Focus group participants highlighted challenges associated with coordinating care and system constraints. They highlighted the relationship between the special education and mental health systems. Participants indicated that children with ASD are often referred and funded through the California Assembly Bill AB2726/3632 which provides state funding for students in California whose mental health problems are deemed to interfere with academic functioning. They indicated that it was particularly challenging that mental health goals listed on the child’s individualized education plan and often developed by another professional.
Focus group participants also frequently mentioned that they found the constraints of the CMH service setting (e.g., limited therapeutic time, competing job/time demands) impacted their work with this population: “…how do we affect change when we see this kid one hour a week and then during that one hour a week…make a choice between seeing the parents part of the time to do parent ed and the child to make a determination of where this child is?…how does an outpatient clinic even deal with these children?”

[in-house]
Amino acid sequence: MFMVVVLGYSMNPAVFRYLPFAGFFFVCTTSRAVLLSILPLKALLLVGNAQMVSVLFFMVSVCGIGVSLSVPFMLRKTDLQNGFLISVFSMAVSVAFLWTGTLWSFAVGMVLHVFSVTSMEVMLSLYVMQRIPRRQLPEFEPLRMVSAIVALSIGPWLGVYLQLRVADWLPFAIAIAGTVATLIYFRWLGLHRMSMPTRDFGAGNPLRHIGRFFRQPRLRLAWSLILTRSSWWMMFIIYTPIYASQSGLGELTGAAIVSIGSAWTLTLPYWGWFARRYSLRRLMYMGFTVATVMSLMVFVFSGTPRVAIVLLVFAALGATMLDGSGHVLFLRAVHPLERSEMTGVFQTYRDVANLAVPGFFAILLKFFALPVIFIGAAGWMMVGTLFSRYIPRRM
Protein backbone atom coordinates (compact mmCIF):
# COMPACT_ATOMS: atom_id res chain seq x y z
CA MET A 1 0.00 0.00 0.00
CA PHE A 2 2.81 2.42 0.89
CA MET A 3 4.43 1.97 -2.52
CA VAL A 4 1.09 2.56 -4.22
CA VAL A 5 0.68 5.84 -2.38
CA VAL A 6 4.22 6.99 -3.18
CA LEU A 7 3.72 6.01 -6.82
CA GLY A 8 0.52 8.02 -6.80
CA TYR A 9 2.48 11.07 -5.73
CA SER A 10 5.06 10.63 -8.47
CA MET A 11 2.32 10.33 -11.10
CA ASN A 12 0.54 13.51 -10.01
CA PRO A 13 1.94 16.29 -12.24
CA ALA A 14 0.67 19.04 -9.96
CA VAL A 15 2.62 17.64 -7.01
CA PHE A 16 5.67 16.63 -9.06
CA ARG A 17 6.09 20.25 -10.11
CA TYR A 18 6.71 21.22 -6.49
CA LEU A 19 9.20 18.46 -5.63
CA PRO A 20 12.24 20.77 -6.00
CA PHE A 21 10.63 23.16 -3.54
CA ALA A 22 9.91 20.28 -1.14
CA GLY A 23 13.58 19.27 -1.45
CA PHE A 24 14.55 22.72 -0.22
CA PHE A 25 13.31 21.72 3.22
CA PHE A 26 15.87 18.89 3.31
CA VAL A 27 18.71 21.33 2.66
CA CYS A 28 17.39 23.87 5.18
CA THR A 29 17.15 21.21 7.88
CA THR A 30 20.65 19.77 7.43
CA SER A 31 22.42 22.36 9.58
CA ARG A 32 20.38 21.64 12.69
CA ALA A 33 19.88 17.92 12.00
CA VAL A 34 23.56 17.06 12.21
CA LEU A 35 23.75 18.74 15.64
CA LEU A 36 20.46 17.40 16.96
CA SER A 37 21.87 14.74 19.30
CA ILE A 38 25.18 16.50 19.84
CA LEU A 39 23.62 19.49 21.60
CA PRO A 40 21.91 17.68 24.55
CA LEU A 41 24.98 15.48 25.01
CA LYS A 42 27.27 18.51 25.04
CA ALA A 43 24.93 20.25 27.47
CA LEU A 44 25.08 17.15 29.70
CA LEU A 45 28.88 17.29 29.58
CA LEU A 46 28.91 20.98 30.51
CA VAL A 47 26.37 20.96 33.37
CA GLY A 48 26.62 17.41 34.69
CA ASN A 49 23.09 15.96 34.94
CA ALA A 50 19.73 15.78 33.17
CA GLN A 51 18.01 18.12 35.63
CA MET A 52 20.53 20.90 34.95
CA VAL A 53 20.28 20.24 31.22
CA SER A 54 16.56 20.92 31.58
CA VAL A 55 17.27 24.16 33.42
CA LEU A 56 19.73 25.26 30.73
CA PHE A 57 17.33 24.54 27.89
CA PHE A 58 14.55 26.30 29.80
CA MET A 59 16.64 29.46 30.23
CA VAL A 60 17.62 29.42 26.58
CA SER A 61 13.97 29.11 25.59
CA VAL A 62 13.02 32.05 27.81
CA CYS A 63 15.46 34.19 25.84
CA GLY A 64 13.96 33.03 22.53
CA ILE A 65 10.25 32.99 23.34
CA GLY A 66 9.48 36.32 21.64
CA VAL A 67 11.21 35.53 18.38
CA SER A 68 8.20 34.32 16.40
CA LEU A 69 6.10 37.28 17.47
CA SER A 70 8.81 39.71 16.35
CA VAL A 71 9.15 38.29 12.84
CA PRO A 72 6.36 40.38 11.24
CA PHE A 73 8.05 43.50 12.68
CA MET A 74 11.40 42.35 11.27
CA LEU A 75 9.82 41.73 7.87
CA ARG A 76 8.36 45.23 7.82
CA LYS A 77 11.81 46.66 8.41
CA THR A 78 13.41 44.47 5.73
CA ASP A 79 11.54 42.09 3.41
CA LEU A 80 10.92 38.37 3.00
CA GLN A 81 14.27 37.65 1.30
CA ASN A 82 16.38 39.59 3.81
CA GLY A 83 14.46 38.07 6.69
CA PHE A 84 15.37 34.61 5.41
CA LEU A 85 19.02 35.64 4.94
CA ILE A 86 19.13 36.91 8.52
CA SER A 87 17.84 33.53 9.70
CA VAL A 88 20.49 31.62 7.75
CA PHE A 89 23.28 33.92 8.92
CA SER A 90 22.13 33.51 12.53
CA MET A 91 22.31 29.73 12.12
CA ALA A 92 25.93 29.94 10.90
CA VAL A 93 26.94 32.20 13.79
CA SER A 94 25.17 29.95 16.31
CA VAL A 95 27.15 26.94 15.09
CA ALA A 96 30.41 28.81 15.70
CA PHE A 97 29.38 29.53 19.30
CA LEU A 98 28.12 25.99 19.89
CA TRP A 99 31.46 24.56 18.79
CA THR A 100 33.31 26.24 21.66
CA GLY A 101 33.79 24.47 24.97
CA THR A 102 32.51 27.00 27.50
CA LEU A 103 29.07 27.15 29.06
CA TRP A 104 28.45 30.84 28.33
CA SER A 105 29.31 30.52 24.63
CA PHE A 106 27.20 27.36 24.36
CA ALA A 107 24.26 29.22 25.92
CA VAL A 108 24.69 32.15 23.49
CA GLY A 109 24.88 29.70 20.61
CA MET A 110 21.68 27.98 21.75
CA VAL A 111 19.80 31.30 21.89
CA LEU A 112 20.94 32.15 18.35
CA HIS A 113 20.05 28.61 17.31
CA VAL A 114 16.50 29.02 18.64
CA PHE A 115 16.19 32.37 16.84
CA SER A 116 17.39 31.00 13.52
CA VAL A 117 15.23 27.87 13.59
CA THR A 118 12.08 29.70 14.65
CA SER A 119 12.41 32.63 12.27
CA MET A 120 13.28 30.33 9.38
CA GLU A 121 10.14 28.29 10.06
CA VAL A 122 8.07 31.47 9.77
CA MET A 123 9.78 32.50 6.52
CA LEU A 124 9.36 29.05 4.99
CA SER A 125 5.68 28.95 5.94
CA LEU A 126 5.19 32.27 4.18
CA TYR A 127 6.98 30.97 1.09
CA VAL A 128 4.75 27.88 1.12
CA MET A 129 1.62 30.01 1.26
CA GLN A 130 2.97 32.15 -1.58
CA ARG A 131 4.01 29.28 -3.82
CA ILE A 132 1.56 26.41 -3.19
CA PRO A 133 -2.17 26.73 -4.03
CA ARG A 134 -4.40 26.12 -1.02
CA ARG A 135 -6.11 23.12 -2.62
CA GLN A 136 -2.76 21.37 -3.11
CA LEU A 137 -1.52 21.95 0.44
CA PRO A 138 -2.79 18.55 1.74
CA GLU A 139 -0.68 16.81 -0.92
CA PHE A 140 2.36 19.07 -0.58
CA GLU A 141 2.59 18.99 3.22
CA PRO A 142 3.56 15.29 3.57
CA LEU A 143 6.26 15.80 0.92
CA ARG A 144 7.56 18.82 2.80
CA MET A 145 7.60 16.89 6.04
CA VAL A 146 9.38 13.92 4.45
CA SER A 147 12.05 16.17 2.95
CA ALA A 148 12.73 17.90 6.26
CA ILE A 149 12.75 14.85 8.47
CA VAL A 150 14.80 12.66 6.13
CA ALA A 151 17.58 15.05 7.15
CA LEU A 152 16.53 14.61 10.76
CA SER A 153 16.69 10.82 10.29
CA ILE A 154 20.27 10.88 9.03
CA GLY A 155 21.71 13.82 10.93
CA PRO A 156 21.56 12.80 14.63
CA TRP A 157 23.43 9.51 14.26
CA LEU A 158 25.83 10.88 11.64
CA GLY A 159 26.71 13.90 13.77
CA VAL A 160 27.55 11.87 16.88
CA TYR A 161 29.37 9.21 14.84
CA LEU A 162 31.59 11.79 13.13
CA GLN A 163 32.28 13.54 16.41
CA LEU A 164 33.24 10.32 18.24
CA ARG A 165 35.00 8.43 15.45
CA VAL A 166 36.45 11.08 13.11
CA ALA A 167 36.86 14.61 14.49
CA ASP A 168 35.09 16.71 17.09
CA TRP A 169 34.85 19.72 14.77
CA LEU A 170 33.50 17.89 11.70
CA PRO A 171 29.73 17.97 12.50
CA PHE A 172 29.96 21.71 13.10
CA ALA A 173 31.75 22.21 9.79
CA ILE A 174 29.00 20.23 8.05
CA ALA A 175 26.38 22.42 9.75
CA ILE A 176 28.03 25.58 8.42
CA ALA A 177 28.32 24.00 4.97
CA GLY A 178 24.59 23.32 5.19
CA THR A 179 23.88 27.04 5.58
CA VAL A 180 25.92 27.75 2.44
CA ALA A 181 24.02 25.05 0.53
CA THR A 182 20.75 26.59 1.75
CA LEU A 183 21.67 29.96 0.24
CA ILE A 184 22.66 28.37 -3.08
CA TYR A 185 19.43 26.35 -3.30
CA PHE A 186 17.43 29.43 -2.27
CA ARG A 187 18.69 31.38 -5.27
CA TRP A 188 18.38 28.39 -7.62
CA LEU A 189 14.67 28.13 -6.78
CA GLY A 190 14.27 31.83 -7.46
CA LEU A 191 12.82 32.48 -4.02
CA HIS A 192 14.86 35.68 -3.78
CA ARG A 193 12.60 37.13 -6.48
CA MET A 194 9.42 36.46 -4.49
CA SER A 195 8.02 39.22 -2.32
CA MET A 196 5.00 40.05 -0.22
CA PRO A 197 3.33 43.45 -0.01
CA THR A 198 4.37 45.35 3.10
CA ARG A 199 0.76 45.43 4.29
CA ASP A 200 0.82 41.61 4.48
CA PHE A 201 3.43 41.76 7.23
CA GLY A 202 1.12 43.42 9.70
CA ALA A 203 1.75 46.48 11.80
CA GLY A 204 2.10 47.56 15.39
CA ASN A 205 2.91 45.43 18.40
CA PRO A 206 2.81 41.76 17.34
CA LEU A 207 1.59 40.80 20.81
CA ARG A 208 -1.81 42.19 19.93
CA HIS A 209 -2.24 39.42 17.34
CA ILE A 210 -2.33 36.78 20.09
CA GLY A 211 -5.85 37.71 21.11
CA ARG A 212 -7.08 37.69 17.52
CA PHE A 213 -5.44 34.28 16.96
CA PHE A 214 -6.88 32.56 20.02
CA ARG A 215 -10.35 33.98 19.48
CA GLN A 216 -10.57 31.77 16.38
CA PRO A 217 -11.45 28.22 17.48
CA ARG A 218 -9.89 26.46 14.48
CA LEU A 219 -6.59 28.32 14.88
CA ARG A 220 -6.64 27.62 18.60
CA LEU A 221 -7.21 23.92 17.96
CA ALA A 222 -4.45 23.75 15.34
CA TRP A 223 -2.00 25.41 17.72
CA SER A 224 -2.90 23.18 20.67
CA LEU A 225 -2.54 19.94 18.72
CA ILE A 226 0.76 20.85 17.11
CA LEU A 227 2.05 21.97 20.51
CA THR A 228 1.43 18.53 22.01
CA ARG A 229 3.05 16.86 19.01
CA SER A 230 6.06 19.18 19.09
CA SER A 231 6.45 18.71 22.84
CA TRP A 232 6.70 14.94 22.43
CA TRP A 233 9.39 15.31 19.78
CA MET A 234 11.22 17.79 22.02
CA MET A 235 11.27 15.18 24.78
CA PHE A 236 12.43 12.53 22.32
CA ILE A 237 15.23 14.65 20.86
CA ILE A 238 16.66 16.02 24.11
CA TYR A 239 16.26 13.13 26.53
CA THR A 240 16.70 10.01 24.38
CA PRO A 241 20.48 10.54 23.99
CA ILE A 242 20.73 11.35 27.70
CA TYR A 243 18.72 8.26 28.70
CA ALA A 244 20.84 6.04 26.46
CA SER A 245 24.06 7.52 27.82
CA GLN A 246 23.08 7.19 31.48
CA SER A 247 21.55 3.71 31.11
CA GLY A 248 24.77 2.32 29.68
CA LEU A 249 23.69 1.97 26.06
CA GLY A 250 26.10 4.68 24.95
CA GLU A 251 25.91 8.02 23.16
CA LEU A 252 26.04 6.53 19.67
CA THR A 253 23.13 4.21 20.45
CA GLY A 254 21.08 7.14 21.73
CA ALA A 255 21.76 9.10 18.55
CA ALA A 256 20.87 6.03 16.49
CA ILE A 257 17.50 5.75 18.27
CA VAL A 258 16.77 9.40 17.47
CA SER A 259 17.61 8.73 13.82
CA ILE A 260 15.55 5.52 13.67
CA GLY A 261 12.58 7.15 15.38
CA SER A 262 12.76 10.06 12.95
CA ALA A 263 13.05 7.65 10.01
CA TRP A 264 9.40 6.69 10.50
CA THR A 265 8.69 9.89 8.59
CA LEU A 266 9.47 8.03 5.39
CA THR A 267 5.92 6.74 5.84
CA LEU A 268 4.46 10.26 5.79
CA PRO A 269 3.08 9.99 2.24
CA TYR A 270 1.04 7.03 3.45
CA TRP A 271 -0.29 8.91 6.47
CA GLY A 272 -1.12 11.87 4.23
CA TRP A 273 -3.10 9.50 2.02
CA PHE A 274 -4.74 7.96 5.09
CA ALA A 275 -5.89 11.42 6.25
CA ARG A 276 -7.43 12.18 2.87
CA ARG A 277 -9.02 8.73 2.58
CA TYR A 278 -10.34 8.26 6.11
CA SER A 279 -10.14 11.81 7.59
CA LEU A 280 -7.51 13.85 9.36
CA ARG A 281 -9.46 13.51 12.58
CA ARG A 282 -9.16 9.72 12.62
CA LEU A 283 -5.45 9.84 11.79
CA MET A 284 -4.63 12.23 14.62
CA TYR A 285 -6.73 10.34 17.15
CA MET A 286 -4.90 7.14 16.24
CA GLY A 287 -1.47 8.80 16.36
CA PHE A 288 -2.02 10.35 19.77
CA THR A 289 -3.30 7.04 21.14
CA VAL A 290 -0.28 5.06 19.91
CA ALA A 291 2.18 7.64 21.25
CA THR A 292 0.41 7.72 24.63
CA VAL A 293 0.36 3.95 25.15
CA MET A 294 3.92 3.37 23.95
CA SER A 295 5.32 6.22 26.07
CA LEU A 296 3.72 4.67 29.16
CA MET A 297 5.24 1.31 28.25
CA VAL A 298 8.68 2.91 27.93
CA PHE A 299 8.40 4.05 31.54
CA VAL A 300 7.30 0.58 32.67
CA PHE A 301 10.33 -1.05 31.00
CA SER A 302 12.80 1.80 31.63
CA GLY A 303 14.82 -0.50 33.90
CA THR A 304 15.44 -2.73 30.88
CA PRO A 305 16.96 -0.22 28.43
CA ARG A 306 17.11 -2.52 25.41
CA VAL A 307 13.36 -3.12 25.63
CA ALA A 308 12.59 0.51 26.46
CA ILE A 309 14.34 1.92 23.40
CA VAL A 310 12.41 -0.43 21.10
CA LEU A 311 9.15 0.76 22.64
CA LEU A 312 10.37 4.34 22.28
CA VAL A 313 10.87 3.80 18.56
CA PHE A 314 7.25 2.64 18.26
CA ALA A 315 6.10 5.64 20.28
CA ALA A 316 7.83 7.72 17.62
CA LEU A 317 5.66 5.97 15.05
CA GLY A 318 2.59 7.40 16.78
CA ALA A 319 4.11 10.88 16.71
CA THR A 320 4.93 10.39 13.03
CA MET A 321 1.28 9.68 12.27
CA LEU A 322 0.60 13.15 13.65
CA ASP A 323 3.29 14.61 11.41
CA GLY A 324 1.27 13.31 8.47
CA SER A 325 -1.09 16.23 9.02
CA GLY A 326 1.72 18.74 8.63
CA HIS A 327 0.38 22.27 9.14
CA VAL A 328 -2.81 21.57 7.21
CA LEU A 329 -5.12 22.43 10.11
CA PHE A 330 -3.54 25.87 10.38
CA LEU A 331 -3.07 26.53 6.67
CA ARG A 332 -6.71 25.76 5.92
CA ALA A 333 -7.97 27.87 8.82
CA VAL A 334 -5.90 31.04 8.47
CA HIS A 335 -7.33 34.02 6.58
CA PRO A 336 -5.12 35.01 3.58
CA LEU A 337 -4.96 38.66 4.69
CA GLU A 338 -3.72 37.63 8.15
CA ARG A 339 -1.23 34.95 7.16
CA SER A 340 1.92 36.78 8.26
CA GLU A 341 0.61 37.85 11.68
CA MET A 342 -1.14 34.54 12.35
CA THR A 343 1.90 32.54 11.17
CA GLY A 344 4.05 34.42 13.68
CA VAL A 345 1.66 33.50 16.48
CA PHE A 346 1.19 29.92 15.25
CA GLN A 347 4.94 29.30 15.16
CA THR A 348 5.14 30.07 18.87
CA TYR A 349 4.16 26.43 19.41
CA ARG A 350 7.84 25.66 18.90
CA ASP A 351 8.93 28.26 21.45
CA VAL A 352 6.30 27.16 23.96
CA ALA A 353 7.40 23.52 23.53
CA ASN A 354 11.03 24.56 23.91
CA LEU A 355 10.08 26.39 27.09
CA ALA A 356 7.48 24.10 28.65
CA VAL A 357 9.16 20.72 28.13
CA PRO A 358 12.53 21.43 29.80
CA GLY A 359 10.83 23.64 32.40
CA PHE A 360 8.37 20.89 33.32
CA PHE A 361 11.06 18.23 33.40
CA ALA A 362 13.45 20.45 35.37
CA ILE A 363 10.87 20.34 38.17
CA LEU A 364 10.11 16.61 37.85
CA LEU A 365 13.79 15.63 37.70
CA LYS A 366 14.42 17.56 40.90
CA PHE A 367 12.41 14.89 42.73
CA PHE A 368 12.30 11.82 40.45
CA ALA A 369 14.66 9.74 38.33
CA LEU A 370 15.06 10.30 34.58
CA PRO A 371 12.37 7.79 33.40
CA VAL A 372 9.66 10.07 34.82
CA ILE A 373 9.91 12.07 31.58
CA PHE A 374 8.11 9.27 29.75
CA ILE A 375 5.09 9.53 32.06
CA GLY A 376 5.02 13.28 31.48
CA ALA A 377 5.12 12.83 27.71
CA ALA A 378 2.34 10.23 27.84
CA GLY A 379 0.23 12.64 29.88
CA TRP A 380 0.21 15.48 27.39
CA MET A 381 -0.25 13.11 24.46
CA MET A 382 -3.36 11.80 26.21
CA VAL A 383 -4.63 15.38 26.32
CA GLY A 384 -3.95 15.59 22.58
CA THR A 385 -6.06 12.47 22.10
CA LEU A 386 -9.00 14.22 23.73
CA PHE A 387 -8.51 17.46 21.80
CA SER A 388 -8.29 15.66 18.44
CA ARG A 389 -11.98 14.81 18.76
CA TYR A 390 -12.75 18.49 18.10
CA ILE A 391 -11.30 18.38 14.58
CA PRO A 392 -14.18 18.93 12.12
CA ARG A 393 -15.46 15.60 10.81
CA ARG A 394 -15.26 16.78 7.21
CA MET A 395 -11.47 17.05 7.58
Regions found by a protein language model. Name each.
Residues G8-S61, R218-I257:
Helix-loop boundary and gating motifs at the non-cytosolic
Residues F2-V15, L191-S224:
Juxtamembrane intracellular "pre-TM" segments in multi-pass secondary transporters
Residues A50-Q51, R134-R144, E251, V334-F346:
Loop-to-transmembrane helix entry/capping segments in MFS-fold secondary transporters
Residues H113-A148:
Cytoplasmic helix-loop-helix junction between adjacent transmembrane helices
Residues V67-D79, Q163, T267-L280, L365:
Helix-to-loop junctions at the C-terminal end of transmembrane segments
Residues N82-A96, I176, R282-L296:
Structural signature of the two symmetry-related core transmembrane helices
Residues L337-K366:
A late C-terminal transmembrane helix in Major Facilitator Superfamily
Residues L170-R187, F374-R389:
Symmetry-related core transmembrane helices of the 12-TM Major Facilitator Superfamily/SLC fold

Therapists Have Limited ASD Training and are Highly Motivated for Additional Training
Another primary factor associated with the frustration of therapists was the lack of clinical preparation to serve children with ASD. Survey data from the “ASD Training” and “Familiarity with Intervention Practices” sections indicated that although 48% of survey respondents indicated that they had received some ASD training during their graduate training and many had attended some ASD trainings, they were not familiar with specialized ASD interventions (e.g., Applied Behavioral Analysis) and only 5% considered themselves ASD experts. Focus group participants further described their limited ASD training and feeling of unpreparedness: “…Asperger’s Disorder is never mentioned in the three-year training of a master’s degree in Marriage and Family Therapy…maybe in the DSM class for ten minutes… it’s amazing how little is taught in universities.” Therapists elaborated on the belief that they did not possess the “tools” to treat children with ASD and lacked confidence to work with these clients: “…we’re probably somewhat all out of scope of practice when we’re dealing with these kids because obviously, we’re saying we don’t really have a whole lot of training. We’re getting it as we go!”